(Catching up from Labor Day weekend runs!)
After our morning run in Boothbay Harbor and lobster rolls for lunch, we drove to Bar Harbor in Acadia National Park for my cousin’s wedding. With only about two days in Bar Harbor, we really wanted to maximize our time in Acadia National Park. We planned on doing a long run on the park’s carriage roads but needed to figure out our route.While researching possible running routes in Acadia before we left, Mike found a Runner’s World article highlighting a 3.3 mile route on the Witch Hole Pond carriage road. We wanted to extend that route, adding on other loop(s) to bring up the mileage and allow us to see more of the park. I found a helpful website listing various carriage road loops, sorted by lengths. Mike and I were still unsure if the “crushed gravel” on the carriage roads would be suitable for regular running sneakers; if it were larger crushed gravel and rocks, we’d probably need trail sneakers….Armed with our research, we decided to make a final decision on the trail and route once in Bar Harbor.
Our first morning in Bar Harbor, we woke up early (4:45 am!) to drive with my parents up Cadillac Mountain to see the sunrise. Just gorgeous! Cadillac Mountain is the highest point along the North Atlantic seaboard and the first place to see the sunrise in the US (Oct 7 – March 6).We went back to our hotel to enjoy our complimentary breakfast before setting off on our long run. We were just going to have our Picky Bars but couldn’t resist a warm breakfast after a chilly sunrise on Cadillac Mountain. I was slightly concerned with how my stomach would fare on the run but I luckily didn’t have any problems.
I had read about these new access trails to Acadia carriage roads but couldn’t find a good map of them. I also tried finding them on Google Streetview, but also couldn’t locate the one near our hotel (think it’s too new). We drove by it on Saturday morning, confirming it existed.
Witch Hole Pond loop is a 3.3 mile loop trail that passes by Half Moon Pond, Witch Hole Pond and Duck Brook. I was surprised that despite it being a holiday weekend and gorgeous weather, the trail was relatively quiet. We only saw a handful of other runners and bikers. Early into the run, we got a glimpse of the ocean through the trees. We ran into my dad (who was also running the loop) and spotted several beavers’ lodges and a dam. Fun fact: Witch Hole Pond loop is the loop the Obamas biked when visiting Acadia in 2010. Rather than continuing the loop, we turned off at a carriage road intersection to head to Eagle Lake. Although it’s hard to find a good map online, once you’re in Acadia, the trails are very well marked and maps are easier to find. The connector carriage road passed by another parking lot (for Eagle Lake) along with restrooms/nice-ish outhouses and trashcans (handy for gels). Very appreciated! The 6-ish mile Eagle Lake loop was beautiful. The carriage road loop was fairly hilly and mainly in the woods. However, the lake itself was spectacular. We got fantastic views at the beginning of the loop and then about mile 9 until the end. This trail was much more crowded, mainly with bikers, than Witch Hole Pond — could also be due to it being a bit later in the day. Still, it wasn’t too crowded at all. We found the trail very relaxing with fewer sights than Witch Hole but the views of the lake itself made the long stretches in the woods worth it!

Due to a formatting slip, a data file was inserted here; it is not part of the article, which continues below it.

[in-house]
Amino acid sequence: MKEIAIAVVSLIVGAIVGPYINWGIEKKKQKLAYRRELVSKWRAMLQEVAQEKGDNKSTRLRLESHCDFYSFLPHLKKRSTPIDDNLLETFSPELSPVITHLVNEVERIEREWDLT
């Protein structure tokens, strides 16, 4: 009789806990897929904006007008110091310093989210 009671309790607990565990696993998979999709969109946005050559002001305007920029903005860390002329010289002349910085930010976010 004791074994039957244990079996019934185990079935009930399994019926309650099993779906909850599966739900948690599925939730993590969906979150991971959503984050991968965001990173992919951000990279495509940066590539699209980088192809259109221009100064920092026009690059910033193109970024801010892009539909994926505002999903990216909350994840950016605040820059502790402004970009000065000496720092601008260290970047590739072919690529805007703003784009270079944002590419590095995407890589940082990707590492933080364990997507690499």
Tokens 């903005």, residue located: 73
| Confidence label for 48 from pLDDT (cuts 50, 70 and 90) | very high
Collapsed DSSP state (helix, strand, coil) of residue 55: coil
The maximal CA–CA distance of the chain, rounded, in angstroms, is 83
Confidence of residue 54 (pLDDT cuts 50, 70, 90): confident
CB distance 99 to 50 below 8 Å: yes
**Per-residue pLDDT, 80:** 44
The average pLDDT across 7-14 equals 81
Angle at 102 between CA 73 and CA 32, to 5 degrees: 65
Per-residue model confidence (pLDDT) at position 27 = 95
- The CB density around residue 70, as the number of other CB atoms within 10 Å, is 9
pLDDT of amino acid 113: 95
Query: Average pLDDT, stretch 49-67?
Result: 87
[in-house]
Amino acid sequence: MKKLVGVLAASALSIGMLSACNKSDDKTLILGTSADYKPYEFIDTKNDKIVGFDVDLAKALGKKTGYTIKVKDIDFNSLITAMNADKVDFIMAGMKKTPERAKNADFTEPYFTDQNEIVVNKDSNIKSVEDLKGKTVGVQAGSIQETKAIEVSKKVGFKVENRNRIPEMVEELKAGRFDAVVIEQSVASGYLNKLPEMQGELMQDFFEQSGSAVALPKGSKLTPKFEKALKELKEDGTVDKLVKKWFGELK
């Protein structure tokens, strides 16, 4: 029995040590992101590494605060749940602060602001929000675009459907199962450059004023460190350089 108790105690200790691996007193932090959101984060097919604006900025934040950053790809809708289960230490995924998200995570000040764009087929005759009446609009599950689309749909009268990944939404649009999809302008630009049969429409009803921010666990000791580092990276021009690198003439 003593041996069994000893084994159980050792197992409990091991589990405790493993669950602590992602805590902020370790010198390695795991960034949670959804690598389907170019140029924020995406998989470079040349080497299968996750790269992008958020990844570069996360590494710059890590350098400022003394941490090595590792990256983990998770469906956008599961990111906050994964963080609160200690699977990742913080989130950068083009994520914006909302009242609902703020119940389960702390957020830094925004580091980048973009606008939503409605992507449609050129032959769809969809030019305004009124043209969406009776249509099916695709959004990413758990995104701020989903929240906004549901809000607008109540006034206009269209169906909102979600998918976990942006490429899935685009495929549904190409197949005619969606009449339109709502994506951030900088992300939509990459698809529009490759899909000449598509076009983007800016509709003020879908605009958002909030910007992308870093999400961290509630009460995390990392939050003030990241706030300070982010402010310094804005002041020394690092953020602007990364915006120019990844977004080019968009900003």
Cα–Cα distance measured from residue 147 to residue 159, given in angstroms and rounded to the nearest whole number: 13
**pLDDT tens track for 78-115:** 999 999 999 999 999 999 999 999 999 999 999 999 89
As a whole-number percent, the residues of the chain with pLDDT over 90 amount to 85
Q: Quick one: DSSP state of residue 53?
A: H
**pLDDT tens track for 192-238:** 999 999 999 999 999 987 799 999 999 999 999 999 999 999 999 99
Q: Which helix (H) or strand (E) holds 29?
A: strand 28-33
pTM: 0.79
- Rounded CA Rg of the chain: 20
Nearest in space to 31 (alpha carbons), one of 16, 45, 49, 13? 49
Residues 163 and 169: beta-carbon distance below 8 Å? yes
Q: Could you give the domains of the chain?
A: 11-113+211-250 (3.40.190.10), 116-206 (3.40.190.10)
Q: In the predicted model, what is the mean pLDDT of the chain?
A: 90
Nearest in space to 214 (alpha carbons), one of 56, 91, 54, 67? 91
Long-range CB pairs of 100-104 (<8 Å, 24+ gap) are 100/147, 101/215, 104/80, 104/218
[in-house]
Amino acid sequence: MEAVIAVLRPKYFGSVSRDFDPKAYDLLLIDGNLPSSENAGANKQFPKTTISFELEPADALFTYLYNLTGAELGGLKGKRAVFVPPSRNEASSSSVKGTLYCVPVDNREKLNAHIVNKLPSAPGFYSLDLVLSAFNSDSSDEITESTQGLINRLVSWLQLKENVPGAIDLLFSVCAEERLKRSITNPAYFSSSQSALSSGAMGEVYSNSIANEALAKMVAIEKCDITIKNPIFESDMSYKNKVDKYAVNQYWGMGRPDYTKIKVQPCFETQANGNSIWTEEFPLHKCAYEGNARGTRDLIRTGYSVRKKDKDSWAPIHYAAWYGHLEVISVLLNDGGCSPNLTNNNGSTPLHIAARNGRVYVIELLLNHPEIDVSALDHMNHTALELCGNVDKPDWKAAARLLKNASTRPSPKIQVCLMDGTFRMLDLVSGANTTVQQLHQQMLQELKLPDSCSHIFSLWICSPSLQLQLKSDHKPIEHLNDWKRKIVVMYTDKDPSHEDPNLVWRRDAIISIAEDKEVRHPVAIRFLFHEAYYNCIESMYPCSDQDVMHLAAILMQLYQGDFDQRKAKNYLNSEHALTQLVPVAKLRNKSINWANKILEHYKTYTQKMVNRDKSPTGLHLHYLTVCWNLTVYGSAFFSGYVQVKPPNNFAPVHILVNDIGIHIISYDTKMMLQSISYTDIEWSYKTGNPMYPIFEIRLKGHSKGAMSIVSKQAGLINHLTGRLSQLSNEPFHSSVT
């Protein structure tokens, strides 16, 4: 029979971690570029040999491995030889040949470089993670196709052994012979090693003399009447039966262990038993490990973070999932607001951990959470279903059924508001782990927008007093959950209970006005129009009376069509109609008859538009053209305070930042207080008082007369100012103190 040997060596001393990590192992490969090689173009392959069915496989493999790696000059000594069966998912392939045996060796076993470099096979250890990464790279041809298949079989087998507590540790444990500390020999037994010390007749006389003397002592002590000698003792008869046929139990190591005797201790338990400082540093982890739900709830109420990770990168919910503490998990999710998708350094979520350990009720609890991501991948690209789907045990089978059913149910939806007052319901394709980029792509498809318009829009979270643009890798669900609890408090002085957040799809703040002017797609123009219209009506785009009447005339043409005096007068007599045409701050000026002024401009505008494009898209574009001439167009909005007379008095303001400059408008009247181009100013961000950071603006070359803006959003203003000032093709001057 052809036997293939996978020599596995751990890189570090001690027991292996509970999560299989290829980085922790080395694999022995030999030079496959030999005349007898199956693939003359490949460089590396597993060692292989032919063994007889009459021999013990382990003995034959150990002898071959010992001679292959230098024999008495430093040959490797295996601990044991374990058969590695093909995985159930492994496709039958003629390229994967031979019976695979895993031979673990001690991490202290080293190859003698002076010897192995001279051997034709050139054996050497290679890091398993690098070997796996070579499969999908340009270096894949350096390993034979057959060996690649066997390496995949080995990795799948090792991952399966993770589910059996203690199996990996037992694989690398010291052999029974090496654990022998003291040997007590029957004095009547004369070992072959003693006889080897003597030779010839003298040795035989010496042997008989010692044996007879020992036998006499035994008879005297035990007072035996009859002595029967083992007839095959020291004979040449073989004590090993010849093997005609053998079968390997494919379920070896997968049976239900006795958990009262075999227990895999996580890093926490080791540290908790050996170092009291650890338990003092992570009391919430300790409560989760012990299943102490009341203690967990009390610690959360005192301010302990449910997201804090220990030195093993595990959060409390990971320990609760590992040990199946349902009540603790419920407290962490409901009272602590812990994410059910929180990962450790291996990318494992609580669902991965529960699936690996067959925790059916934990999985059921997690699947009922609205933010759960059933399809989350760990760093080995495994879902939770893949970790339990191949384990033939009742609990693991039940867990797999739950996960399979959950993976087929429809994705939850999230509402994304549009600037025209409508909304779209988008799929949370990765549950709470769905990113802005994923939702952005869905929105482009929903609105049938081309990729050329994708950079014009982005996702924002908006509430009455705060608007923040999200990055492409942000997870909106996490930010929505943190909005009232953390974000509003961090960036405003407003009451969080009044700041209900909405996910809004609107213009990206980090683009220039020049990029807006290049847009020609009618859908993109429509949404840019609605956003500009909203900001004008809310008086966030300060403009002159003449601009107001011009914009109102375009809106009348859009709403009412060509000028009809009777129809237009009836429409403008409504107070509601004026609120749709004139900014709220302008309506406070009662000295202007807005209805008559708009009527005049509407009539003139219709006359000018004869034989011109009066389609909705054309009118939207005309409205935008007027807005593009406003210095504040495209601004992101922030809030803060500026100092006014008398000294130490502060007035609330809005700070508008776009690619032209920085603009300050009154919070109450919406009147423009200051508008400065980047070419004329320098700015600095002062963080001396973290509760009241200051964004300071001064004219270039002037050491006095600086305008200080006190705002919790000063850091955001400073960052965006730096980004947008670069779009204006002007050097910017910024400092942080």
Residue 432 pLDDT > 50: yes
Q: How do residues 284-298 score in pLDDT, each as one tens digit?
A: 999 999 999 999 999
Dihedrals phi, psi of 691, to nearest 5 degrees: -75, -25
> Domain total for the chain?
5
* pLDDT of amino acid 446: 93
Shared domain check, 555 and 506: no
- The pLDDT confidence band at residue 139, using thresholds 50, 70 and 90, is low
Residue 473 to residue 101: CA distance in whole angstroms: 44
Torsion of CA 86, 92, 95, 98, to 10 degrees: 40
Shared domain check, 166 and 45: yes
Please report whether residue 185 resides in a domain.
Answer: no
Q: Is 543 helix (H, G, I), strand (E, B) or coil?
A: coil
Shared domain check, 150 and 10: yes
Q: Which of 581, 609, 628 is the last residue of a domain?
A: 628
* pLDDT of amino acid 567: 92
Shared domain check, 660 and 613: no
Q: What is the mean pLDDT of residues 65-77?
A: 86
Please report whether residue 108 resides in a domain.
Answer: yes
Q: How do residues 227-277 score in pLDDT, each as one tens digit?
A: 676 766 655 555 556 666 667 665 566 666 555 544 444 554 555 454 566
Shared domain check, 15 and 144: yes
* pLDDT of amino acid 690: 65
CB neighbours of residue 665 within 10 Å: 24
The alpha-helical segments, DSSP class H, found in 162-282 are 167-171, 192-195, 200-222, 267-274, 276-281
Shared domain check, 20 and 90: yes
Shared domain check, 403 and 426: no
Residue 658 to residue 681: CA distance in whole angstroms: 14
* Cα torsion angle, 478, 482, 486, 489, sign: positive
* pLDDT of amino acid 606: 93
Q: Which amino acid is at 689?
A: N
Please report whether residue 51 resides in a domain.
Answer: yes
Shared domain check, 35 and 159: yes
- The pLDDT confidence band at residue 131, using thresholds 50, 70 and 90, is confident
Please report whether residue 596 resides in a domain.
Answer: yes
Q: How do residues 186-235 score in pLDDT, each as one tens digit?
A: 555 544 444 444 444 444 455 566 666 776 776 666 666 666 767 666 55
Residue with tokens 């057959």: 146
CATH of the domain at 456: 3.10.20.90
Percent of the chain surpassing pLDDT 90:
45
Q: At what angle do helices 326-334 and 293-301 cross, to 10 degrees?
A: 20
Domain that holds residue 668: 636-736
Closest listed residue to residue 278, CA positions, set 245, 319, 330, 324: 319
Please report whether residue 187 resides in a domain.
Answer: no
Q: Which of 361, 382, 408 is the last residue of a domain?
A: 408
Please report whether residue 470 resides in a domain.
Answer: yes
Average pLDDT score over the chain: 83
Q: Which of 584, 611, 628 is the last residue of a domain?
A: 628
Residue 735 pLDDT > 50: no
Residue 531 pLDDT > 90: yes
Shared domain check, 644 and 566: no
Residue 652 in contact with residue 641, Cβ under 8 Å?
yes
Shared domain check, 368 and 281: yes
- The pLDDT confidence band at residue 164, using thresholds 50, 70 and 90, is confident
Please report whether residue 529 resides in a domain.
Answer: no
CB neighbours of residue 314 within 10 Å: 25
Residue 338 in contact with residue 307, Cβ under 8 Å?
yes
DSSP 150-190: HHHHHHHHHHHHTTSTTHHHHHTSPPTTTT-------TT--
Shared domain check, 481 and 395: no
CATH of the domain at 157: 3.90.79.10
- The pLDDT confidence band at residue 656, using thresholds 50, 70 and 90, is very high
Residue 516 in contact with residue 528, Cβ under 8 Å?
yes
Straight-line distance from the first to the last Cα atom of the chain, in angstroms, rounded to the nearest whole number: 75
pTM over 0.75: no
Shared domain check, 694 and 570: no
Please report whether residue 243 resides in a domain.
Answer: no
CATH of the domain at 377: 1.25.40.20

The carriage roads themselves are perfect for running – easy on the knees! The gravel is very finely crushed; the roads are a mix between that and plain dirt. I wish I could do all long runs in Acadia! Mike and I have added the MDI Marathon (Mount Desert Island) to our list of marathons to run. Usually, I like to zone out on long runs, listen to podcasts and music. But on our run in Acadia, I completely forgot about my iPod shuffle. Raleigh is no where near as loud as DC but Acadia is QUIET. It was so relaxing to just hear nothing but nature’s sounds. And the time really flew by, surprisingly! We finished up the loop and headed back to join up with the Witch Hole Pond loop again. There was no shade for the final stretch of Witch Hole Pond and it was getting pretty hot – unusual for Maine at the end of August! We backtracked — back across the bridge, along Duck Brook Road, and back on the access trail. I found it could be easy to miss the access trail entrance from Duck Brook Road – the tree trunk marker is easy to miss. Also, we had spotty cell service in the park so I wouldn’t recommend relying on your phone for directions. The access trail is a really pretty hike that I’d actually recommend as a hike itself, and not just a means to get to a destination – a trail like Witch Hole Pond. It was a fun way to get into Acadia National Park, really leaving the modern world behind. We can’t wait to go back to Acadia National Park and spend more time exploring. Next time, we’d love to bike the carriage roads, as well. We just scratched the surface and quickly fell in love with the park. Maybe MDI Marathon will be in the not too distant future!